A quick-and-easy adaptation of the Morrish Mouse. All photos by Chris Hunt.
I’m headed down to Chilean Patagonia early next month — I’ll leave the chill of Idaho’s autumn for spring in the Southern Hemisphere, all for some trout fishing based out of Magic Waters Lodge.
I asked my long-time fishing buddies what flies I should be tying for this sure-to-be-epic adventure in the Andes, and I got back a single-word reply from one of them: “Mice.”
Mice? I don’t tie too many mice here, although I imagine the big browns and rainbows of the lower Henry’s Fork are mouse-eaters, and, some years ago, while cleaning a big rainbow from the South Fork of the Snake, I was surprised to find a small mouse in the fish’s belly. But my home rivers aren’t known as mousey destinations, I guess — last week, while floating the river, I asked the guide on the oars if he ever fished mice. He just shook his head.
But, in the glacial-chilled rivers and streams along spine of the Andes in southern Chile, the trout do, or so I’m told, eat mice.
So I headed to the vise and, with just over a week before I head out, I started my research. I needed a mouse pattern that I could tie quickly and dependably. And, if I didn’t have to work with difficult material, even better.
My solution? An adaptation of the Morrish Mouse, a long-time favorite of anglers across the globe who case big trout in places like New Zealand and southwest Alaska.
Here’s what you’ll need:
- Gamakatsu SS15 size 1 hook. I tied the Morrish Mouse in three sizes, but this is the one that was easiest to handle.
- Black craft foam—at least one full sheet.
- Grizzly saddle hackle (two feathers per fly)
- Crosscut rabbit strips (brown, gray or black)
That’s it, honestly. I’ve substituted the saddle hackle in for the deer hair that most patterns call for, simply because it’s easier to work with at the vise, and I’m in a bit of a rush, as the trip is quickly approaching.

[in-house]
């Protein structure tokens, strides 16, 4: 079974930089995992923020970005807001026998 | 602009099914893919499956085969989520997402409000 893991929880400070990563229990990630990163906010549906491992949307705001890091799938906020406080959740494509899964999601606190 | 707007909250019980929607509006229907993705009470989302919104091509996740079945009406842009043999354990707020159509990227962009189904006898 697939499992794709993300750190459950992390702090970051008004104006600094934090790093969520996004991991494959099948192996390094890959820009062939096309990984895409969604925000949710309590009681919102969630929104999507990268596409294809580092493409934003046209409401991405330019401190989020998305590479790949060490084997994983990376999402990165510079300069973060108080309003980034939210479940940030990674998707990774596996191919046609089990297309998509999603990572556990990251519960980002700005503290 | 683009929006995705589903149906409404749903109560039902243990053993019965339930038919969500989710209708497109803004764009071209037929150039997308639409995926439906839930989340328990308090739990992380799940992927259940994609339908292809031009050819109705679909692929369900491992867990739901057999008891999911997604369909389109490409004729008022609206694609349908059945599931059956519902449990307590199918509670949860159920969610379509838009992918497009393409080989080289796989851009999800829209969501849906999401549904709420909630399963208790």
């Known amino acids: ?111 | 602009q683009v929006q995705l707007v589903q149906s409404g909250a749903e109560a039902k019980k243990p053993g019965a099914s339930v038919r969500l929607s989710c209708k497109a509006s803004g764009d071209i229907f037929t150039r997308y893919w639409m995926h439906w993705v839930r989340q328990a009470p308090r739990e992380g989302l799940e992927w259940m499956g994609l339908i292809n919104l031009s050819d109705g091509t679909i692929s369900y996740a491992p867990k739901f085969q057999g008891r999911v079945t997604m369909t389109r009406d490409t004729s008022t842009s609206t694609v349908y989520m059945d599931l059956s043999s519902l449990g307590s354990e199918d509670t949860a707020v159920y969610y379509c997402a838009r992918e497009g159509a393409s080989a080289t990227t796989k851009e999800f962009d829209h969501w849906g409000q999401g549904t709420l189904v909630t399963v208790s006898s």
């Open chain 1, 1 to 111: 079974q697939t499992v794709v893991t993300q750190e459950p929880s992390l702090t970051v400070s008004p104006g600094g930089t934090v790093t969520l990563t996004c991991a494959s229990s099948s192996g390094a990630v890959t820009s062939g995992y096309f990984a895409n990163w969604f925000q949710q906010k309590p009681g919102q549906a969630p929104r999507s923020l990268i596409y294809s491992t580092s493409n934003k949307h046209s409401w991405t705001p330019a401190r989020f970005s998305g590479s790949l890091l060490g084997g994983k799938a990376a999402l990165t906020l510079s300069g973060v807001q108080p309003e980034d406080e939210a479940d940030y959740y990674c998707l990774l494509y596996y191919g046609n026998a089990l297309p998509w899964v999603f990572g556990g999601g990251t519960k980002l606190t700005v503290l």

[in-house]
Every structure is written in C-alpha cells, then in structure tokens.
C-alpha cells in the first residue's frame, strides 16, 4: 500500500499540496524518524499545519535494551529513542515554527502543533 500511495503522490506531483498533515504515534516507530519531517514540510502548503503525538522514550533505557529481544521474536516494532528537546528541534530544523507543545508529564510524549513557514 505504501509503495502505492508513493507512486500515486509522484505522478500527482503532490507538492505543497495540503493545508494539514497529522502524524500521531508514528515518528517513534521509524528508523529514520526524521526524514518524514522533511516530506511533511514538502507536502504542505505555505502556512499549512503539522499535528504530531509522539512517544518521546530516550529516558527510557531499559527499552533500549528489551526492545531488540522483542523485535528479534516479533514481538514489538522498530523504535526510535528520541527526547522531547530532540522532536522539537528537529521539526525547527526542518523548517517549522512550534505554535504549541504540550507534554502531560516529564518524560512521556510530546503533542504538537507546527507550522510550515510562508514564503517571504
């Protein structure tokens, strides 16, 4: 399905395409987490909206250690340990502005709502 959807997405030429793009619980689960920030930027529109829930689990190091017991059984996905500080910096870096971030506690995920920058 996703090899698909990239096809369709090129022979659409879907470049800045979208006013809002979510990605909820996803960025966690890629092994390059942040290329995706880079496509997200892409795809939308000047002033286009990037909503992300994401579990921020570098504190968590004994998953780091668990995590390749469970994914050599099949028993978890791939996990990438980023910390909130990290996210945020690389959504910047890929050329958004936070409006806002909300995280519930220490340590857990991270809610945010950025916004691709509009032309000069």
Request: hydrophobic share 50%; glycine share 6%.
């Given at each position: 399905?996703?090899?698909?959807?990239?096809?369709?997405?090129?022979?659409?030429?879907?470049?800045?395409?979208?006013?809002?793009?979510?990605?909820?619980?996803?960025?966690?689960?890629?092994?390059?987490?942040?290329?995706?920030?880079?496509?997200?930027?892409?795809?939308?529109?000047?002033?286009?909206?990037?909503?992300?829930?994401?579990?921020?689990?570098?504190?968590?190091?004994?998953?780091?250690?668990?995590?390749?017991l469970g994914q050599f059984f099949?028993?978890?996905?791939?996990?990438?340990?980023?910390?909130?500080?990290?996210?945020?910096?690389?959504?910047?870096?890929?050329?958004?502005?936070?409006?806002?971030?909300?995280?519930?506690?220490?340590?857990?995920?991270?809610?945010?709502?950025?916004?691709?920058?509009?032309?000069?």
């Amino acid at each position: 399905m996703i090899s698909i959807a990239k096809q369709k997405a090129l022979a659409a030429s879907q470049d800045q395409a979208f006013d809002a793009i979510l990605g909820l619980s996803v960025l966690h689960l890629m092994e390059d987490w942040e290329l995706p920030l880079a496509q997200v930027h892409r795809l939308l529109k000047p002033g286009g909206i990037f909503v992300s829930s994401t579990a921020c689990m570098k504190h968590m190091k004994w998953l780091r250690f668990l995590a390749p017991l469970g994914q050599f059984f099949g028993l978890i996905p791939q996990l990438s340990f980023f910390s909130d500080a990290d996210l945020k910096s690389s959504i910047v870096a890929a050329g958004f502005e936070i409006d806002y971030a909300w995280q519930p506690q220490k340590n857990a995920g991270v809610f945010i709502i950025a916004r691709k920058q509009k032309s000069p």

Trim a strip of crosscut rabbit right down the middle. This is for your mouse’s tail, and the strips are just a bit too wide for this use, so I opted to slice them down the middle. If you don’t have a really sharp pair of tying scissors, consider lying the tail flat, hair side down, and using an Exacto blade or a craft blade to make this cut. I have a nice pair of Loon scissors that did the trick just fine.
Carefully trim the fur from the sliced rabbit strip, and tie it in at the bend of the hook. Trim it to what you think is the right length for a mouse’s tail.
Steps three and four
Take a strip of black craft foam about two to two-and-a-half inches long, and trim the corners of one end. Tie the skinny end over the tail at the bend in the fly, but be careful not to put much too much pressure on the foam (the tying thread will cut the foam if you tie it too tightly). The first couple of wraps should be solid, but not extreme. As you make a few more wraps, gradually increase pressure. Leave the strip of foam hanging off the bend of the hook.
Then, trim a thin, inch-long strip of black craft foam from the sheet, and tie it in over the strip of foam you just tied in. When I say thin, I mean thin — like 1/8th of an inch thick. Once it’s secured, wrap it up the hook shank and secure it at the original tie-in point with your thread. It’s not going to look too great, but you’re going to cover that foam body shortly.
Take two strips of saddle hackle from your cape, and tie them in tip first at the tie-in point of the fly. Wrap them back to the bend in the hook, and then back to the tie-in point. The fibers will get longer as you wrap them back up the hook shank, and that’s perfectly all right. The product at this point? It looks kind of like a Woolly Bugger on a bad hair day.
Bend your hanging strip of black craft foam forward, over the splayed-out hackle. Secure it carefully below the tie-in point of the fly, again using caution—you don’t want to slice that foam this close to completion! Leave the “head” of the mouse standing up at an angle. This will give the mouse a “gurgle” or help it “skate” across the water when you’re fishing it.
Steps seven and eight
Trim up the hackle and add a pair of eyes (if you wish). And by “trim,” I mean slice the downward-facing hackle fibers off using the bottom of the hook shank as a guide. The idea is to have the fly ride right in the surface film, and by trimming off the downward-pointing fibers, the fly should land and ride just right. I added a pair of eyes using UV-activated epoxy to secure them in place. Honestly, the fish aren’t going to see these eyes, so they certainly aren’t necessary.
I’m guessing this pattern will ride a bit lower in the water than the “original” pattern using deer hair for the leg and body fibers. But, we adapt when we’re in a rush. I suspect it will perform just fine for Patagonia’s mouse-eating trout. I’ll report back and let you know.